People make fun of my almost reverent attitude toward this dish, but there’s something extremely comforting in slurping up a heaping plate of old school Filipino spaghetti. Growing up, my parents were always working, so often times I’d come home from school and run to the fridge to find my mom’s spaghetti sauce in one tupperware and pre-cooked spaghetti in another. Put one on top of the other, pop it into the microwave… and bam, home cooked meal in 5 minutes or less. It didn’t occur to me until I was well into my teenage years that this is not your typical spaghetti. A guy friend of mine had come over and bee-lined it to the fridge [why are teenage boys always hungry?] and immediately spotted pasta and had me make him some. Like a good little host, I plated some for the both of us and we immediately plopped onto the couch while I happily gobbled mine away. It took me a second to realize he was sitting there with a quizzical look on his face and *gasp* not eating. The conversation went something like this:
me: Umm… you ok? You don’t like it?
boy: It’s not that… but… why does it have hot dogs in it? And you put cheddar on it? And… is it supposed to be sweet?
me: Uhh… yeah. Isn’t it?
Filipino spaghetti isn’t what you’d call typical. It is sweet with a little kick of spice, cheddar cheese (instead of dry + sharp parmesan) and yes: hot dogs. Ask me which I’d prefer and 9 times out of 10, I’ll take the less-refined, sweet yet savory, hot dog packed pasta over perfectly balanced [and almost as tasty] Italian spaghetti.
First step is to make the base sauce which is actually an Italian recipe. This is one of my favorite sauces because it’s perfect alone but it’s also a great sauce to build from.
alt: This step takes approx. 45-minutes. You can cut this out completely and use a ready-made sauce like Prego. BUT… if you do have the time, I highly recommend making the base sauce. Since you’d be using a ready-made sauce you’ll be working with something with it’s own flavor profile when making the Filipino version. Basically it takes a lot longer [and a lot more sugars] to get that sweet but slightly spicy taste.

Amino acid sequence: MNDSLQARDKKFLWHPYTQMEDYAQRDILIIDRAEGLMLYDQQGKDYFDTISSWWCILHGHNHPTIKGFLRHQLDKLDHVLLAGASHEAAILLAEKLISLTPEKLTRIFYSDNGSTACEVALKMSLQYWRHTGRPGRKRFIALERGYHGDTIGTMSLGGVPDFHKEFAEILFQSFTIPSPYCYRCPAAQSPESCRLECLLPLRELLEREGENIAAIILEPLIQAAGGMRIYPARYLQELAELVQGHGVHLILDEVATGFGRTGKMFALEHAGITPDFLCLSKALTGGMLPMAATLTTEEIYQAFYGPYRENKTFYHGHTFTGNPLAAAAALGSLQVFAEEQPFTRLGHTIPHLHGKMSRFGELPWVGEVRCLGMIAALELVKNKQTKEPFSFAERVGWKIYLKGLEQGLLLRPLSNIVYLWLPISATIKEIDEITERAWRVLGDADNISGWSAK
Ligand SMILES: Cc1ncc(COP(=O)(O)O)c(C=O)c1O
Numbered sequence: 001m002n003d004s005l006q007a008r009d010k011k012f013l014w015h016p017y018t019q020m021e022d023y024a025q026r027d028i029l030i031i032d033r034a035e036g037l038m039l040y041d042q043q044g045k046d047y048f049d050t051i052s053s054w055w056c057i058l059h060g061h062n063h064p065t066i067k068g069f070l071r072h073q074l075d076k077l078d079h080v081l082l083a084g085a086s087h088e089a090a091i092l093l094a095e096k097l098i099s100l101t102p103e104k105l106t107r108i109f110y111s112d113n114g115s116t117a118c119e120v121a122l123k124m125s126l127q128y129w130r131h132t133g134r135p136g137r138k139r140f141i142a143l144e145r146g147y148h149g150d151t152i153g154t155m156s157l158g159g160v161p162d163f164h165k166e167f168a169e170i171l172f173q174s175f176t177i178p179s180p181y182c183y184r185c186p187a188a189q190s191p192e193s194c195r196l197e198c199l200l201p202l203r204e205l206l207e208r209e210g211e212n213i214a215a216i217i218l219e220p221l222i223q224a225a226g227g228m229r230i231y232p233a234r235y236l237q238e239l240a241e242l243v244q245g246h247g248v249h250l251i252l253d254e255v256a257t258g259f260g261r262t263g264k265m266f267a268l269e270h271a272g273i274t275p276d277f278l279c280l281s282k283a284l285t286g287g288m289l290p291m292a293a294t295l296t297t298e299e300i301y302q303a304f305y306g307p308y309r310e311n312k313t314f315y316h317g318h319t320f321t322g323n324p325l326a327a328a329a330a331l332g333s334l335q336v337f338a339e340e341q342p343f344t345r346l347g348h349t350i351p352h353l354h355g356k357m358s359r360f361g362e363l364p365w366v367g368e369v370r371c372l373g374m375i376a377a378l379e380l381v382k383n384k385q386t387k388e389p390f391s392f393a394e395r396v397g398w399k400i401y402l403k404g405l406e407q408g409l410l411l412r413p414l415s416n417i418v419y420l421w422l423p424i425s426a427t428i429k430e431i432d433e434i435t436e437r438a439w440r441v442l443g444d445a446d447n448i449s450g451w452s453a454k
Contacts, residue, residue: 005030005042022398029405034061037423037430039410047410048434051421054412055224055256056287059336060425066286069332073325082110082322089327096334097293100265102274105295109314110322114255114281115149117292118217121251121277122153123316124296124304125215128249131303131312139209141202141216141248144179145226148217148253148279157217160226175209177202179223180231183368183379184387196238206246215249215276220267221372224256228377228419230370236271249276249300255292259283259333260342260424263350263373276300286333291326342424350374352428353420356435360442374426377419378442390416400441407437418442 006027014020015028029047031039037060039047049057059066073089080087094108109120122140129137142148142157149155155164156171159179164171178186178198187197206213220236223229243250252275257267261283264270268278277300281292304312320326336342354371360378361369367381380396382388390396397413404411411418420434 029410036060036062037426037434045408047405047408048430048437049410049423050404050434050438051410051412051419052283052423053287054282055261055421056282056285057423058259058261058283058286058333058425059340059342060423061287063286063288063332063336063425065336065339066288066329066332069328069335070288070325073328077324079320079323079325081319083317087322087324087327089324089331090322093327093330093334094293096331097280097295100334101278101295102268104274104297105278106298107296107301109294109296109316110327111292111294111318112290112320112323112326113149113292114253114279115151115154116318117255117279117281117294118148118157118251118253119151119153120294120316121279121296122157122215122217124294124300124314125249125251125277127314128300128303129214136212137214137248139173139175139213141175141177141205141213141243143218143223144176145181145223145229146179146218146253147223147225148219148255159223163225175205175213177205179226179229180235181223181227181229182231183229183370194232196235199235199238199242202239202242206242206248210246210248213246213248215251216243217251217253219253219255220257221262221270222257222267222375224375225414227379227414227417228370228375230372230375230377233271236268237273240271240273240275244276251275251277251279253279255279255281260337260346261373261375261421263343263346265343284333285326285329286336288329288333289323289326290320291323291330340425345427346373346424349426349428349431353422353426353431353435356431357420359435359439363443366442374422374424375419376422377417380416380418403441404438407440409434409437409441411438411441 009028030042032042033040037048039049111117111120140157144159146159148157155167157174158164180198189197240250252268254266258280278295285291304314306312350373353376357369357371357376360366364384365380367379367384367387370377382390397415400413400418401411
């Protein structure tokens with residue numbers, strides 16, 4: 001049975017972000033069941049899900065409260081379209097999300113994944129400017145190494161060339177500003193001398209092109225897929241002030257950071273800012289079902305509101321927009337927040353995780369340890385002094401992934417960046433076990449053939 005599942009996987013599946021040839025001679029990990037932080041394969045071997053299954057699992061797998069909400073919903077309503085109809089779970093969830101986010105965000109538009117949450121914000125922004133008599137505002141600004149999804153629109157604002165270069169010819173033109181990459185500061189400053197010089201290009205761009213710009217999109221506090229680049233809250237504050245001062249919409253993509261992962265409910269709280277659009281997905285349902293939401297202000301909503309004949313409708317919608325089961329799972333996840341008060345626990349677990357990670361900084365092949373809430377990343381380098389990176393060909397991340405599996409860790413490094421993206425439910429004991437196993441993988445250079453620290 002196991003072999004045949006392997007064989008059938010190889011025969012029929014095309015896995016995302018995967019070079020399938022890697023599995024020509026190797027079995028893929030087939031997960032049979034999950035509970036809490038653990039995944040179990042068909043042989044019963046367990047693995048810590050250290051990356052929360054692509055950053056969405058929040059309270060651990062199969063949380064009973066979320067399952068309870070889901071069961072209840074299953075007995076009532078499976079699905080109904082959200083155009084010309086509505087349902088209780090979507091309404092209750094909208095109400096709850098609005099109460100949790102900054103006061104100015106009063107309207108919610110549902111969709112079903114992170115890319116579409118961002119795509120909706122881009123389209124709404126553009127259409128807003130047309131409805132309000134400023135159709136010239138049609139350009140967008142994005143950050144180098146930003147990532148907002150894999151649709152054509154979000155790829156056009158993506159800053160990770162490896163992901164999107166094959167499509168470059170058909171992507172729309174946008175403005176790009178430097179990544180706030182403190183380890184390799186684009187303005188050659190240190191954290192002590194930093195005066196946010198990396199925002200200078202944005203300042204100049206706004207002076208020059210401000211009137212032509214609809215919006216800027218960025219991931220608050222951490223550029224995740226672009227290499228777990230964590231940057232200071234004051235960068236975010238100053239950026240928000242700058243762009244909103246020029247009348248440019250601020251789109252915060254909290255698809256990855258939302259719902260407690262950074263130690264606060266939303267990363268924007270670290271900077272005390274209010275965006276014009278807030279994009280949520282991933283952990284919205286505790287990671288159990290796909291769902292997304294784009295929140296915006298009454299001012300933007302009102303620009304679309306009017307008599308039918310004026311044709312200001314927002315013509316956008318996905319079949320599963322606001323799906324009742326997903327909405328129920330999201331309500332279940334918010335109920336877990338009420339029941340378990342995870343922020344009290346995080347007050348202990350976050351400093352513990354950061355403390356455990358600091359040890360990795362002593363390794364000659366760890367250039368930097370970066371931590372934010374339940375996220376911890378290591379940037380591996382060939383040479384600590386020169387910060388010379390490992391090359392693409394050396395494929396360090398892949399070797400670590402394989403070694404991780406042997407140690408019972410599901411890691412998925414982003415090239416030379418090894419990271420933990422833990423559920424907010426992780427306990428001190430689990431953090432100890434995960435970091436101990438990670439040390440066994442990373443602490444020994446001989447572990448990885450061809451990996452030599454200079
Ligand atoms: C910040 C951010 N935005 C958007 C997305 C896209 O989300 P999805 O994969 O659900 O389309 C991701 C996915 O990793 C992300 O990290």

basic tomato sauce [adapted from marcela hazan’s essentials of classic italian cooking]
1 can of san marzano tomatoes [or 28 ounces of peeled roma tomatoes in a can]
1 medium sized yellow onion – peeled + cut in half
5 tablespoons of unsalted butter [about 3/4 of a stick]
salt + pepper to taste
Pour the entire can of tomatoes (including sauce / juices) + onion + butter into a sauce pan over medium heat. I used a 3-quart pan my first time making this sauce and it worked perfectly. Bring the sauce to a simmer and lower the heat to continue that soft simmer for about 45-minutes.
Stir occasionally and using a wooden spoon, crush the tomatoes against the side of the pot. You can also add salt + pepper to taste. You’ll know the sauce is ready when the tomatoes have fully broken down… this sauce is simple, velvety and delicious (and goes great on it’s own on top of spaghetti]. Discard the onions [or do what I do and stick it in a tupperware for later use. For example: I made a chicken parmesan sandwich with this sauce + the onions].
filipino spaghetti [makes 2 trays of spaghetti… or a whole lotta leftovers]
garlic – 2 or 3 large cloves, peeled + minced
1 tbspn butter / margarine